Mid Anglia Group, Richard III Society

Archive for the tag “Richard III”

Remembering …

this interview exactly six years ago, on Radio 4’s “Today”, between Evan Davis and John


Ricardian Bulletin articles available online

 The Richard III Society

Promoting research into the life and times of Richard III since 1924
Patron: HRH The Duke of Gloucester KG GCVO
Bringing you the latest important news and events about Richard III.

society head

Dear Members,

The Ricardian Bulletin, the Society’s quarterly members’ magazine, publishes a number of historical articles in each issue. These are invariably of high quality, often reflecting fresh research into, or new interpretations of, fifteenth century history as it relates to Richard III and his life and times. To enable these articles to reach a wider readership we are making a selection available on the Society’s website.

Too often the narrative of King Richard’s life is dominated by questions over how he became king and the fate of the two sons of Edward IV. The selection made available seeks to redress this imbalance and highlight some of the positive and less well known aspects of the king’s life: his strong belief in personal loyalty, his commitment to the fair application of the law, his abilities as an administrator and military commander and his religious faith. We also explore the influence of his father, Richard duke of York and the visit of Nicolas von Popplau to the king’s court in 1484.

Articles currently available are:
Richard III and the Men who Died in Battle by the late Lesley Boatwright, the late Moira Habberjam and Peter Hammond.
Like father, like son: Richard, duke of York and Richard III by Matthew Lewis.
Richard III and St Ninian by Sandra Pendlington
Richard III and ‘our poor subject Katherine Bassingbourne  by David Johnson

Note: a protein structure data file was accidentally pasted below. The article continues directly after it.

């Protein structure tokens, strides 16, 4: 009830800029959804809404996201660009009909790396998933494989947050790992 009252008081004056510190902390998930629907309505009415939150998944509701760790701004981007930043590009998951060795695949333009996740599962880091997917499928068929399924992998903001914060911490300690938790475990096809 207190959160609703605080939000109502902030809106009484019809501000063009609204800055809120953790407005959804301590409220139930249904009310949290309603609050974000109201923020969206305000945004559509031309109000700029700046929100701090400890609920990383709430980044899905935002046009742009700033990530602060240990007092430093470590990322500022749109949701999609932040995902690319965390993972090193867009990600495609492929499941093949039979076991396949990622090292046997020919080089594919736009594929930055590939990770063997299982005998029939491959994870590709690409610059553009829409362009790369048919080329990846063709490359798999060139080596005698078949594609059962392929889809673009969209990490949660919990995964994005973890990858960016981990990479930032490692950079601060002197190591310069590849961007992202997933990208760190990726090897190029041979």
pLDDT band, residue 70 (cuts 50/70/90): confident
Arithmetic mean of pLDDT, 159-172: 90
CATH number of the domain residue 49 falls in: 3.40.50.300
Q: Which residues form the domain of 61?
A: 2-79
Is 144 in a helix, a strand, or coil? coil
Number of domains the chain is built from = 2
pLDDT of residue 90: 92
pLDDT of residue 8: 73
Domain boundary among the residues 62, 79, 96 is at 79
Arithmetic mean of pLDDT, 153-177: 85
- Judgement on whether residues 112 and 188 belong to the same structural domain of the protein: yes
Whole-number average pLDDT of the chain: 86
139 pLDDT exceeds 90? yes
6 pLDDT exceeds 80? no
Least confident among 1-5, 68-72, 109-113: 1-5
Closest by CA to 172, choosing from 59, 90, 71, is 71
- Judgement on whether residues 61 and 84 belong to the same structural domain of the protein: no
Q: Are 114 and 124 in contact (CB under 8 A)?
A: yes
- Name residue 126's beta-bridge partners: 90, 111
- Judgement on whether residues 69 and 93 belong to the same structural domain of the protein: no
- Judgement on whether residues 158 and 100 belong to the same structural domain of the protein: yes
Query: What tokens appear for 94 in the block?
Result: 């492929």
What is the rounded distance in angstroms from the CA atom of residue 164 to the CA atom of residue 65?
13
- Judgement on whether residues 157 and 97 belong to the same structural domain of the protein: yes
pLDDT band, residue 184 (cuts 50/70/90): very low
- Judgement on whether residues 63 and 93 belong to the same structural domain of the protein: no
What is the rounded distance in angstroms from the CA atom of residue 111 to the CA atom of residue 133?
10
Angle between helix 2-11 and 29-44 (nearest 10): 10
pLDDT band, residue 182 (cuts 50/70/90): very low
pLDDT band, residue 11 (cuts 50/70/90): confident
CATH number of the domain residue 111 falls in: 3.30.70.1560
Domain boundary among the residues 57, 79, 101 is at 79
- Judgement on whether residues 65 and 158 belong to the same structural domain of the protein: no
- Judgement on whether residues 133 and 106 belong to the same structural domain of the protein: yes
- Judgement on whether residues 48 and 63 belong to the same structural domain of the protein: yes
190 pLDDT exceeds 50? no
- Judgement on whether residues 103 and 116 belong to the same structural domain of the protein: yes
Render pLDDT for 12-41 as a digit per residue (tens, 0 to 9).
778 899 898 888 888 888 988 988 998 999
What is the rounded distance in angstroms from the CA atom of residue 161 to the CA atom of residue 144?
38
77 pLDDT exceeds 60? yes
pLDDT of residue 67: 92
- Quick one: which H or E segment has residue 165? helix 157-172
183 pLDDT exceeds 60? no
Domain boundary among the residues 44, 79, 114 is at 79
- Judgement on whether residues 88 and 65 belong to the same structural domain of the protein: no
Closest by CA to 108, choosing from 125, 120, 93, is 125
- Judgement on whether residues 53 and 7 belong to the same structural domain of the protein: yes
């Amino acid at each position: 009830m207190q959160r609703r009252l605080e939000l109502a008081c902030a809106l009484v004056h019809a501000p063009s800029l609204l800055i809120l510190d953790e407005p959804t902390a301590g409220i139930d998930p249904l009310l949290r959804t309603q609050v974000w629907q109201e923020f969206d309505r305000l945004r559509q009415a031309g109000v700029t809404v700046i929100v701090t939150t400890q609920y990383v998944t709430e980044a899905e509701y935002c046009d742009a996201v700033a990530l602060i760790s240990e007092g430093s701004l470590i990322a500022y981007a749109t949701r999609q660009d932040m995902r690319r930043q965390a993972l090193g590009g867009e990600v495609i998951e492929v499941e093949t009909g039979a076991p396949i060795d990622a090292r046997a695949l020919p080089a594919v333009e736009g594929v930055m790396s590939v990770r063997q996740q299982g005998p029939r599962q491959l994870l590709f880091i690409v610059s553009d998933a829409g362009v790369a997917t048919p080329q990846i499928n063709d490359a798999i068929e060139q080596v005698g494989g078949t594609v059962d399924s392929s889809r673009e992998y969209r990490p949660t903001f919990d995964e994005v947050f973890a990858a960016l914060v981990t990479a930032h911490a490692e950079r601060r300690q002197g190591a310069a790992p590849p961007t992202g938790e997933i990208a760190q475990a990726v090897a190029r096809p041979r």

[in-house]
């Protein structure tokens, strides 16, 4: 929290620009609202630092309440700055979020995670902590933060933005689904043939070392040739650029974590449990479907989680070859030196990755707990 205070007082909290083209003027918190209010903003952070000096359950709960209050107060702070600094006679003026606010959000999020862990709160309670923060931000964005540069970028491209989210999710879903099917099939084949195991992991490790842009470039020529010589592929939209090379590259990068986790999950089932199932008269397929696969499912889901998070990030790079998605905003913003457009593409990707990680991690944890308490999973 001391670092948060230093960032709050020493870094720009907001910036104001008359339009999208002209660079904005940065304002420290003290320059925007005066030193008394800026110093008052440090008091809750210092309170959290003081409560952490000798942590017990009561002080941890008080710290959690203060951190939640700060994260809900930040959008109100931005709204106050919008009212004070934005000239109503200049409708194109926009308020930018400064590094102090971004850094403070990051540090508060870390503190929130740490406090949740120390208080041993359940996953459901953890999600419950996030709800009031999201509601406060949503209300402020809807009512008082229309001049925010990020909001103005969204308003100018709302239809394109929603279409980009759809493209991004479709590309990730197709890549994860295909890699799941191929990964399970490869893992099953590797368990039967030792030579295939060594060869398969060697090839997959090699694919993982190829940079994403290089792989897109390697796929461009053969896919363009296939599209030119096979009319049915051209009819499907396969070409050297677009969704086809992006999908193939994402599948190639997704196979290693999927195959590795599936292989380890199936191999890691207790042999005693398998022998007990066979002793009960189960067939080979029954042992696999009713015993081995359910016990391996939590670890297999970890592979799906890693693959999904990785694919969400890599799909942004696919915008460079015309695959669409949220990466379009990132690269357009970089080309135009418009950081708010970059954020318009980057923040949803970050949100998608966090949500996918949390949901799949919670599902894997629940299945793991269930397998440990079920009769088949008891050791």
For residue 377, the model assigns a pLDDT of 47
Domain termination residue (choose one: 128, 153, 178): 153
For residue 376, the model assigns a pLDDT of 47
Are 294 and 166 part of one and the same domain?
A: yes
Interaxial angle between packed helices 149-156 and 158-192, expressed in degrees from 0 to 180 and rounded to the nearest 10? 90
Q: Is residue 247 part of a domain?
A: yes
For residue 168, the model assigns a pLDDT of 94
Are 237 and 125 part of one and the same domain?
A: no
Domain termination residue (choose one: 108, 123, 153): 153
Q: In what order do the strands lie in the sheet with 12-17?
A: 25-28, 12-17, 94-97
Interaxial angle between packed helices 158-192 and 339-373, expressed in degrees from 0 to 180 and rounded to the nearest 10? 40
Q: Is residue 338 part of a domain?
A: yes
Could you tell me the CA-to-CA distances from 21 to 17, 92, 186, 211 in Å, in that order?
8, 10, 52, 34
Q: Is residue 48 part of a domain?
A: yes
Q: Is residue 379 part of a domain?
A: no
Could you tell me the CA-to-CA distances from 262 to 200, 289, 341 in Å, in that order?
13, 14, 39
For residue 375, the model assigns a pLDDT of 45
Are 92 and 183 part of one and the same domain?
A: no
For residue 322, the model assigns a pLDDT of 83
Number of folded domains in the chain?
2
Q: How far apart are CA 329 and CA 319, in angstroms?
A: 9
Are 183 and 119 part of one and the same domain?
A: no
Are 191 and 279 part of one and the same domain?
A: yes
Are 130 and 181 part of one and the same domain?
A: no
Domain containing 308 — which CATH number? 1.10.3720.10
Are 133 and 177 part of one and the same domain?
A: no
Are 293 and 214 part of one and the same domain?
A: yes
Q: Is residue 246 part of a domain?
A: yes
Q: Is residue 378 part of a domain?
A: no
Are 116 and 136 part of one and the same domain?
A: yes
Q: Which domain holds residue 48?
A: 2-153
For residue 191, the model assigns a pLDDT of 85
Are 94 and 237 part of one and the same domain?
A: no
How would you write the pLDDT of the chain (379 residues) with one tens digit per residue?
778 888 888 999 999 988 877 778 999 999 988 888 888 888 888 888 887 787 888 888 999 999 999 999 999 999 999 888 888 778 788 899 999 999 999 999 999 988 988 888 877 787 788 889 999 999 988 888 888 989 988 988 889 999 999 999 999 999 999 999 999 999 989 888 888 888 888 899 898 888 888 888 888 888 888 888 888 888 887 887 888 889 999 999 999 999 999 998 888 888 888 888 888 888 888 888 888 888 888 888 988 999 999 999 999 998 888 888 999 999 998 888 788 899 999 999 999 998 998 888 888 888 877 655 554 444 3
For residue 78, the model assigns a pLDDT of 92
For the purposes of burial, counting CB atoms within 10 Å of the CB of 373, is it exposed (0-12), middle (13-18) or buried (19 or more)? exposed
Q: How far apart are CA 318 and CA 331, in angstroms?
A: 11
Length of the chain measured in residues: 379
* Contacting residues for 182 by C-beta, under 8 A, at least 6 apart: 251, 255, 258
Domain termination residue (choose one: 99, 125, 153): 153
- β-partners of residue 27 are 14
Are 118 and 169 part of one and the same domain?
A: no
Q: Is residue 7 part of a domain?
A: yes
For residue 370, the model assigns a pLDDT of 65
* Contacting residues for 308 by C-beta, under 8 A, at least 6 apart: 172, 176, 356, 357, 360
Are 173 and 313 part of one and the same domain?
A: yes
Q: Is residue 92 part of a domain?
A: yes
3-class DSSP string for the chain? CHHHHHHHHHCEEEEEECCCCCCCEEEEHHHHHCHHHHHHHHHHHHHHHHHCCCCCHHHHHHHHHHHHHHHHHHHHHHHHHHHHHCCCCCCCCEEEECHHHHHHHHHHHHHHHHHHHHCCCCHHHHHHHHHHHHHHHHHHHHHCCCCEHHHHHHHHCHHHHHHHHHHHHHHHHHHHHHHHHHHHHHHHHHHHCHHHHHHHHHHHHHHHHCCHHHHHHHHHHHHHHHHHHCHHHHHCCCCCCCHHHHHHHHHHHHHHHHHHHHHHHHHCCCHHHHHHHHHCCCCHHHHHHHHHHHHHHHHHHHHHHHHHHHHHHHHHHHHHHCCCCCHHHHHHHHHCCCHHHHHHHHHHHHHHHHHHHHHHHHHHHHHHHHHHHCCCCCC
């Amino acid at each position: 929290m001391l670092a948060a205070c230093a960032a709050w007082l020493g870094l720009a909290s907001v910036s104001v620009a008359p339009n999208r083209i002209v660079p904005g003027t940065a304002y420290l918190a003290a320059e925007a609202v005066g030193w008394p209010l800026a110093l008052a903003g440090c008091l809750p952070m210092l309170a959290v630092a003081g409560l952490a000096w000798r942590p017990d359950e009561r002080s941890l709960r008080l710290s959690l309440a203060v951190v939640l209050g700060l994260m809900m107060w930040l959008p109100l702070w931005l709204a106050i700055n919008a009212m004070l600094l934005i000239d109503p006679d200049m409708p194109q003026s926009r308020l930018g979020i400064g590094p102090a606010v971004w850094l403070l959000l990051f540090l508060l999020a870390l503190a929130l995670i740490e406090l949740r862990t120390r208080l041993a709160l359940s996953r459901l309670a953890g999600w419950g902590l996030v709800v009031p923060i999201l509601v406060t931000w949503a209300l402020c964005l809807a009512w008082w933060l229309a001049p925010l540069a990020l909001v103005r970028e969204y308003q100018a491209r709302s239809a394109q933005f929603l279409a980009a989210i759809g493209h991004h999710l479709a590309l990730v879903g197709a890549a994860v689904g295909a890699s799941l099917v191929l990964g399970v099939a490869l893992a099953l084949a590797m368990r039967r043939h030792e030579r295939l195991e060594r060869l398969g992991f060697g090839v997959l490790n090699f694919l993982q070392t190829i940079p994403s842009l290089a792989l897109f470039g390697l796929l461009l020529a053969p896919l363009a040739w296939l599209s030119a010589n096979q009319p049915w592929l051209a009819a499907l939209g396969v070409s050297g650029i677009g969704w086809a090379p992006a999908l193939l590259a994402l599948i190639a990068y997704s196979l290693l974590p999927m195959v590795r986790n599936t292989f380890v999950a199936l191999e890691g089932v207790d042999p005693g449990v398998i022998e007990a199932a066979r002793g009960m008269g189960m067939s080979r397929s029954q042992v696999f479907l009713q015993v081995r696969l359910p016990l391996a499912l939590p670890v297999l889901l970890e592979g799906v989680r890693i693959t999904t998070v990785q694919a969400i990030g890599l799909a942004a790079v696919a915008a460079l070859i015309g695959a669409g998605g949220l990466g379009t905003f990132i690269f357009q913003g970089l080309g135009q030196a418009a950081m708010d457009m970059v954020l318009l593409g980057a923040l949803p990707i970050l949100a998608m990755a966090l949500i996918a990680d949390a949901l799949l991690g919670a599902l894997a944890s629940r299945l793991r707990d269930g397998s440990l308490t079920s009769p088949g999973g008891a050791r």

Richard III and Scotland by David Santiuste
The loveliest music and the Turkish frontier itself: von Popplau’s day with King Richard by Marie Barnfield

Over time we will be adding further articles from the Bulletin’s archive to the Society’s website.
Wishing you all a happy and healthy 2019.
Executive Committee
Richard III Society

Alex Marchant writes:

Alex Marchant is author of two novels, The Order of the White Boar and The King’s Man, together telling the story of the last three years in the life of King Richard III for readers aged 10+. The Order has been called ‘a wonderful work of historical fiction … altogether an enjoyable book for both children and adults’ by the Ricardian Bulletin and both it and The King’s Man can be bought as paperback or ebook through Amazon at myBook.to/WhiteBoar or through the author at AlexMarchant84@gmail.com.
Day one, first stop on my “Author Tour of Major Battlefields and Other Places Associated with my Major Character….” Barnet, Battle of. 1471.
At the end of last year, as author of a newly published children’s book about King Richard III, with a sequel due out in the spring, I realized I would have to start promotional activities if I wanted to sell any copies. Part of my planning involved identifying events where I might be able to have a stall. Middleham and Bosworth were top of my list, being festivals I’d been to at least once before. I also knew of the Tewkesbury medieval festival and, given that ‘the-battles-of-Barnet-and-Tewkesbury’ is a phrase that often trips off the tongue without much thought, I wondered whether there would be a similar event in the place that played host to the King’s first battle.
I was in luck. In fact, before I’d even begun looking in to it, I was contacted by the secretary of the newly formed Barnet Battlefield 1471 Society, Liz Bown, who’d heard about publication of The Order of the White Boar, to ask if I would supply copies for the Society to sell at its busy programme of events. And would I perhaps like to come along to the second annual Barnet medieval festival that the Society was organizing in June 2018 to give a talk and sign books?
It wasn’t a difficult decision to make (once I’d bribed my daughter – whose birthday coincided with the event – with the promise of an evening out in London afterwards). So that’s how I found myself, at an early (for me) hour of the morning of Saturday 9th June making my way through the quiet unsuspecting suburban streets of Barnet towards the Old Elizabethans rugby club.